incredibles took their sweet time, as it were, designing the new gummy line. That said, the company has been long-established for its primo genetics and handcrafted edibles. Since 2013, incredibles has won five High Times Cannabis Cup awards between the edibles and concentrates categories. In 2016, their Black Cherry chocolate bar won 1st place for Best CBD Edible, and their Orange Soda concentrate won 1st place for Best Hybrid Concentrate.

How did incredibles get here? The company's strategy relies on blending only the best ingredients, with cannabis (naturally) being one of them.

"We're using hash that would've been sold on the shelf," explained Ryan Hubbell, the company's lab manager. "Normally, when most people think of distillate, they think that it's crude oil, that it's recycling. We're taking our top-quality hash and separating it, instead of just trying to refine leftovers until we get something useable [to make edibles]."

"We're not trying to turn hay into gold here," Hubbell continued. "We're taking our gold and just separating it, really."

And to get gold, incredibles starts with its green. For a detailed rundown on how the pioneering canna-business produces its next-level treats, MERRY JANE met with Lily Colley, the company's national marketing director, for a guided tour of the company's primary facility in Denver, Colorado. We also spoke to various members of the incredibles team to gain insight into the science behind making something so, well, incredible.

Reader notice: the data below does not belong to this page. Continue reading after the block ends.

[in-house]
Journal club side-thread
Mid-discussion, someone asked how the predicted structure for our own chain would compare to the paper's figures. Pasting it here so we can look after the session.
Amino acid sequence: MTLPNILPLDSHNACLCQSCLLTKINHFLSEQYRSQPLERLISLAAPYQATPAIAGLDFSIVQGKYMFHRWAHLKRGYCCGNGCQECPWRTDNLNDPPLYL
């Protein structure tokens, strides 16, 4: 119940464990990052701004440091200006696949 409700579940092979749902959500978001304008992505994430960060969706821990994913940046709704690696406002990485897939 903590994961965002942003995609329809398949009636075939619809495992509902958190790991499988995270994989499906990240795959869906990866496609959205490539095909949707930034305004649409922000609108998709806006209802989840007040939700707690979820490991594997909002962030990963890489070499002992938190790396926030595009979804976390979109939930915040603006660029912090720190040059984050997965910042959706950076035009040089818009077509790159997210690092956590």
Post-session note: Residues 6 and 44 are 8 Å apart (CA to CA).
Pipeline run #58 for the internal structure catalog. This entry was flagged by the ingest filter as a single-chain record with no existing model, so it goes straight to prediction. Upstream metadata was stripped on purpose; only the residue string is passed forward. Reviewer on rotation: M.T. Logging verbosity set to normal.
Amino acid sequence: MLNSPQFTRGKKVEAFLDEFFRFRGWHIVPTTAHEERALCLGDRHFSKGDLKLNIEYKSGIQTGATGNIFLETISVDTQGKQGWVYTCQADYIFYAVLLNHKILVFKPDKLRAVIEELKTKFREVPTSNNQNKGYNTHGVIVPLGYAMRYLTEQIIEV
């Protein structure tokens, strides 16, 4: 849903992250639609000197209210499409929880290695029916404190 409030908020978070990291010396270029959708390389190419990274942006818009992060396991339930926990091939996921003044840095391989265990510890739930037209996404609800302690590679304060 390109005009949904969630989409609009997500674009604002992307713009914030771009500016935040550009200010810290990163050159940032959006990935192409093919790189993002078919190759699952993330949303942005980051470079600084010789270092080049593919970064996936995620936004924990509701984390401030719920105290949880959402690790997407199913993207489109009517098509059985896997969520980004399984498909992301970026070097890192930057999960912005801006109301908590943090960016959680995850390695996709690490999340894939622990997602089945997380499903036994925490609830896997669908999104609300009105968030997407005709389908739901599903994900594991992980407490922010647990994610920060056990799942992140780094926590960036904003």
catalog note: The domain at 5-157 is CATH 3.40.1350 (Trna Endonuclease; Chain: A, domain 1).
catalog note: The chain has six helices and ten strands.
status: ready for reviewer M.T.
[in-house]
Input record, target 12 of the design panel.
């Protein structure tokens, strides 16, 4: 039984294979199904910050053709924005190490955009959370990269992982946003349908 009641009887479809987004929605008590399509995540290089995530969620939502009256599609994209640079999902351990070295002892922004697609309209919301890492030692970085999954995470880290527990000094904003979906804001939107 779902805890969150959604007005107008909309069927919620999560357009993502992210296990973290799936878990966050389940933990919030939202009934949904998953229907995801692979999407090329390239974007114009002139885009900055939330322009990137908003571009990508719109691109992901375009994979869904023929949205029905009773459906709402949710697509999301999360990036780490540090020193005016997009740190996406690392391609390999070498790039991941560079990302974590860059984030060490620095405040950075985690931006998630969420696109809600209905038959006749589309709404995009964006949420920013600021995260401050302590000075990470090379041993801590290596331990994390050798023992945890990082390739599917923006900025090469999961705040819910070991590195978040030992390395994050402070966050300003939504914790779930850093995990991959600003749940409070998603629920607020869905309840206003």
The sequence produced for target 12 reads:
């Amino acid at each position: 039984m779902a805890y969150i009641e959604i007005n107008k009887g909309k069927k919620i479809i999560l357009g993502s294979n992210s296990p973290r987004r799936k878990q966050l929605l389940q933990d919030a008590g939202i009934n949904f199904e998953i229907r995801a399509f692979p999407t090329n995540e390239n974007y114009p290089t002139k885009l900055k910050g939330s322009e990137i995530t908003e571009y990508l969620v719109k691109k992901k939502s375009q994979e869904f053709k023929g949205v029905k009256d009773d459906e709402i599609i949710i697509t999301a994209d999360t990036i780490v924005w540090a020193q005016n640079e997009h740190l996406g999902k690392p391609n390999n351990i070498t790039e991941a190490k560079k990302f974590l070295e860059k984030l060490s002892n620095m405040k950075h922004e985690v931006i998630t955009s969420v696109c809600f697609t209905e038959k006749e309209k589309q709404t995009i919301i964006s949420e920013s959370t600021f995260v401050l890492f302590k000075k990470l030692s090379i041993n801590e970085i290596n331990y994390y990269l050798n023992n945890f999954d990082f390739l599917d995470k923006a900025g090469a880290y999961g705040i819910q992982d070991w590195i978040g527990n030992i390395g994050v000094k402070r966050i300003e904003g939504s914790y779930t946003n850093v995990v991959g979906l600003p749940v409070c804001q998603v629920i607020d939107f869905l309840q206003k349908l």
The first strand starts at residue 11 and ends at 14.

MERRY JANE: What makes incredibles stand out from other edibles manufacturers in the legal market?

Lily Colley (National Marketing Director): What our secret sauce is, and one of the reasons that I came to work for this company — previously, I worked for some of the biggest brands, like Dixie — is that incredibles really invested in product quality first.

For instance Rick Scarpello, who helped found Udi's Bakery, is one of the company's founders and owners. The people behind incredibles have backgrounds committed to things like holistic food, sound SOPs, and best manufacturing practices. That's what you see in our chocolate and why the quality is so good and consistent. It's all sustainably-sourced oils and gluten-free ingredients made at the industrial scale. We're pumping out thousands of bars a day. That's what we're really about, the quality. What we've developed here is a manufacturing powerhouse.

Gummies can be tricky to make, especially when combining them with cannabis. How did incredibles approach the new gummy line?